APRIL 2000 | VOL. 4, NO. 4
Irish-born John Connolly's books are big on the bookshelves in the UK, largely as the result of a couple of marketing gimmicks attached to them. With the paperback version of Every Dead Thing the reader can win a Cadillac, and the blurb promises a book as good as one by Thomas Harris (Silence of the Lambs, Hannibal) -- if you don't think it is, you can e-mail your views in. I hope they have ISDN to handle the traffic.
Every Dead Thing is a huge, sprawling tale which cleverly winds two stories together. It has its dark, macabre side, and I am not sure that the details of mutilations of children's bodies were entirely necessary to the plot. The main character -- hard to call him a hero -- is Charlie "Bird" Parker, whose wife and child are murdered and mutilated by a serial killer, and the book chronicles his attempts to track down the man responsible and bring him to some kind of justice, not necessarily of the strictly legal kind. The book is peopled by a range of characters who are strongly drawn, though very numerous, and it takes some effort on the reader's part to recall where someone fits in when he suddenly reappears three or four chapters later.
If a mystery's worth is measured by its ability to keep its secret right to the bitter end, this one fails by around 200 pages. In truth, the identity of the killer seemed fairly plain to this reader, but we were still left with the question of proving the point and trapping him safely. The book seems as if it were written with a film treatment in mind, and there is a lot of descriptive detail which slows the story to a crawl just when it should be steaming ahead.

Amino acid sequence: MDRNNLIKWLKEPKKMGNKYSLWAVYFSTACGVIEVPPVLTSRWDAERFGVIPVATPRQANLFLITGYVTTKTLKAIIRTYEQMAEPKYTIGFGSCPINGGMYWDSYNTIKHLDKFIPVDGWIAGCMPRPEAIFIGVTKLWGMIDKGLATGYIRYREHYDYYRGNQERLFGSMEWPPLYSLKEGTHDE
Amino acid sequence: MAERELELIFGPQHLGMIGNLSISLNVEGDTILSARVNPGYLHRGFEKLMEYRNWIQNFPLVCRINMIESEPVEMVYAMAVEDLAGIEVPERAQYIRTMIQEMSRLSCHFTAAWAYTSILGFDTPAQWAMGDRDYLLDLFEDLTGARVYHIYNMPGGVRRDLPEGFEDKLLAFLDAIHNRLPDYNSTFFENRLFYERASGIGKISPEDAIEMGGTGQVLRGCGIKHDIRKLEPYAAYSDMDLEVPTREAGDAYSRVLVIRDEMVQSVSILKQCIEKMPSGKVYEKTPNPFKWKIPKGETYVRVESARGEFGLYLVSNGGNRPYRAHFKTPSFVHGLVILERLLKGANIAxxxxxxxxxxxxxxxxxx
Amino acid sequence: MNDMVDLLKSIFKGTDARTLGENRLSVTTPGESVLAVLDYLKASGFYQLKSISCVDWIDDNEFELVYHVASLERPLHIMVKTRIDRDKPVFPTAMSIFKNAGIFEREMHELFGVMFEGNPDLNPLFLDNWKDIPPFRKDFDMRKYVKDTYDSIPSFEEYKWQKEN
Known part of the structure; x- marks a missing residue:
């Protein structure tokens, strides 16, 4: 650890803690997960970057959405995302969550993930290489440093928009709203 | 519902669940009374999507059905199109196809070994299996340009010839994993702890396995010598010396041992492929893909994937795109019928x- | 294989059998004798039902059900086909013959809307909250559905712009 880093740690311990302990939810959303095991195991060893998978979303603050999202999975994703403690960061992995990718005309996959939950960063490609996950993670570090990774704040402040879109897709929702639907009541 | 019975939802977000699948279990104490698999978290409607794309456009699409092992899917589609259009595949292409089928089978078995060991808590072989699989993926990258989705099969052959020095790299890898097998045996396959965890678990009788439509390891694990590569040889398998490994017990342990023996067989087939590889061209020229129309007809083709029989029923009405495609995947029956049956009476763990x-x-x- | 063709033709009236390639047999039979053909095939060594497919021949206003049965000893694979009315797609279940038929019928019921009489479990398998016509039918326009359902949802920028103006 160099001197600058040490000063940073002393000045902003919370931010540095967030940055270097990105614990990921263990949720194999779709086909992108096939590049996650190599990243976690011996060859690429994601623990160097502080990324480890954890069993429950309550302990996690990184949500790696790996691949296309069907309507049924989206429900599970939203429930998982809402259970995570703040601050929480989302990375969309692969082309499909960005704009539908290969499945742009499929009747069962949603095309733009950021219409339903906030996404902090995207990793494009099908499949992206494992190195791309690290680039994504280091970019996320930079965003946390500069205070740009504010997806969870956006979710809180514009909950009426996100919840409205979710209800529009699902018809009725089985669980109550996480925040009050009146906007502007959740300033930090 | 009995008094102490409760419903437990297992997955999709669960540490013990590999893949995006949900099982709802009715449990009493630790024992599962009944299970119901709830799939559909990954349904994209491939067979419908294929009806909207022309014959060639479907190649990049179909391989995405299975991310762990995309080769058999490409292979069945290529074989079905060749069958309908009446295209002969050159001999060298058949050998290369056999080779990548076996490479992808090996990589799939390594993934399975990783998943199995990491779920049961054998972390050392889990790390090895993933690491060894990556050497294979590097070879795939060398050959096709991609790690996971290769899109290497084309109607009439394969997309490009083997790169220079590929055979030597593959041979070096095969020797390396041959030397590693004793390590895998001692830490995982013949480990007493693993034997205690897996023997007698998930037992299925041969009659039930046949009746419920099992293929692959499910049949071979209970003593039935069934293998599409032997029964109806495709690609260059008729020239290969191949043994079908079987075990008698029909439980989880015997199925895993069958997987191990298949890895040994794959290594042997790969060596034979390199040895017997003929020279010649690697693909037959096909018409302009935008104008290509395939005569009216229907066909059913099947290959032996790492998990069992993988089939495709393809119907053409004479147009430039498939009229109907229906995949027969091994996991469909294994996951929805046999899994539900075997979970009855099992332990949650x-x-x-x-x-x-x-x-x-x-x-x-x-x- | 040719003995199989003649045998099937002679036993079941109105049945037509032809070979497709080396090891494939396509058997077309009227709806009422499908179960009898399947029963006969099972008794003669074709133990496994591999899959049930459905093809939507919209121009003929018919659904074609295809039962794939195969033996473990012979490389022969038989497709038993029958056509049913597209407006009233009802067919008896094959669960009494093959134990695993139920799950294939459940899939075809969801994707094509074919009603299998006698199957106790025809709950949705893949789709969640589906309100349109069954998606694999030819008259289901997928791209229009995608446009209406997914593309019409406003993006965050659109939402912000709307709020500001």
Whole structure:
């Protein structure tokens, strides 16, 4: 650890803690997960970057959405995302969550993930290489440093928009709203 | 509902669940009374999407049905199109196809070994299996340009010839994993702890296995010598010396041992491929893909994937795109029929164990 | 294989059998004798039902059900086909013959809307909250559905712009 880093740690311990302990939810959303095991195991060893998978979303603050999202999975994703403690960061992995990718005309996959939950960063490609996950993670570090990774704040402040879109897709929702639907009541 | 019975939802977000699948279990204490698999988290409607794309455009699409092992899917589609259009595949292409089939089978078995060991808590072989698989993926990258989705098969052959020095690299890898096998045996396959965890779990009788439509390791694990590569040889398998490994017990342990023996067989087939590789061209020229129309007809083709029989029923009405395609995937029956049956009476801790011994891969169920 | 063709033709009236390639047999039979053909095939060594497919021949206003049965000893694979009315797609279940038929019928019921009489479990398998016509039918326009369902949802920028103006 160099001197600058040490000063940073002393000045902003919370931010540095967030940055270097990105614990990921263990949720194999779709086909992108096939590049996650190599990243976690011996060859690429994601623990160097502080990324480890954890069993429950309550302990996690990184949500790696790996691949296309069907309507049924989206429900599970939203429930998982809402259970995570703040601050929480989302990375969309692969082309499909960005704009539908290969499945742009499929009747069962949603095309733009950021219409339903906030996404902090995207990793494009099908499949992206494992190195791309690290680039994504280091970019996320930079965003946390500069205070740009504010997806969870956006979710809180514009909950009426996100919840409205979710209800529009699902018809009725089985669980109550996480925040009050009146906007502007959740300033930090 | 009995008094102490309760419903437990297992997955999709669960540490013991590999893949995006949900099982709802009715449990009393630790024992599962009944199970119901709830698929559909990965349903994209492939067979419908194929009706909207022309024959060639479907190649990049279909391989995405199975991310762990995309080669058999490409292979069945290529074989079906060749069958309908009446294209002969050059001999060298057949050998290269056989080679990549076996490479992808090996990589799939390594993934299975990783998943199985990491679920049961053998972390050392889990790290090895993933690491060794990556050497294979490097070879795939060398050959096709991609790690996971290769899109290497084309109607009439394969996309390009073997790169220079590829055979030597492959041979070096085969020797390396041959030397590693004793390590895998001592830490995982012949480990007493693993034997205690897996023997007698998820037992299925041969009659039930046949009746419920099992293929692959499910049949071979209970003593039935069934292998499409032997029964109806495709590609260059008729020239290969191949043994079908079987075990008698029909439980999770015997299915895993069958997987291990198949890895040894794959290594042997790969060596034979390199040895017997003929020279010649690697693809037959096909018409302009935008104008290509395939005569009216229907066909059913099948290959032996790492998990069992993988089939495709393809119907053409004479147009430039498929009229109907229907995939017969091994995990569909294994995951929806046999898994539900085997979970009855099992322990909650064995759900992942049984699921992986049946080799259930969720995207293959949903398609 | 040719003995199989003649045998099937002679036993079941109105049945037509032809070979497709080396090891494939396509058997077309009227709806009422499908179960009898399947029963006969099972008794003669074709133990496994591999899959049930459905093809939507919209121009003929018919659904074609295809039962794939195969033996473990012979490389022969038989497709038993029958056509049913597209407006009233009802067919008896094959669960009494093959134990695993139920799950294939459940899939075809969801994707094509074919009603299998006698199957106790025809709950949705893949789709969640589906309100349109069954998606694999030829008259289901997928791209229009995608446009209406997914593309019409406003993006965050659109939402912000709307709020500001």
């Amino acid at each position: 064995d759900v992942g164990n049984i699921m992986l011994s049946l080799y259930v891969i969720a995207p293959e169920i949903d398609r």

Connolly does have an ear for dialogue, and there are some sharp and quotable lines, particularly in the by-play between Angel and Louis. If these are not especially likeable characters, they are clearly defined and play a key role in the development of the plot. Indeed, without them it is hard to see how Bird would stay alive long enough to complete his task.
And here lies one of the faults of both this book and Connolly's follow-up Dark Hollow. Everyone needs a bit of luck, but Bird leads a charmed life. The number of people who shoot at him, without effect, is quite astonishing. Even professional hitmen miss him, whereas Louis -- who just happens to be a professional hitman - scores every time.
Dark Hollow takes up where Every Dead Thing leaves off, with Bird having left the city to refurbish his grandfather's old house in Maine. The plot is clever -- but not clever enough to stop me guessing the relationship that is central to the mystery -- and the dialogue crackles along as before. Connolly writes good descriptive prose, but it jars a little coming from the pen of Bird Parker, whose normal voice is less flowery, though he is plainly well-read and I suppose it is not inconceivable that he might be able to write in this vein.
This time the serial killings are less graphically described, but there are the requisite number of shootouts involving a New York family, Cambodians, and assorted hitmen who seem to have no difficulty obtaining the guns Connolly so lovingly describes.
The inventiveness of the plots, and the complexity with which apparently unconnected stories weave together, are fine features, but I finished the books wishing that Connolly had followed the advice of Dr. Samuel Johnson: "Read over your compositions, and where ever you meet with a passage which you think is particularly fine, strike it out."
GRAHAM BRACK, a pharmacist by day, is the staff book reviewer for Renaissance Online Magazine. He lives in Cornwall, England.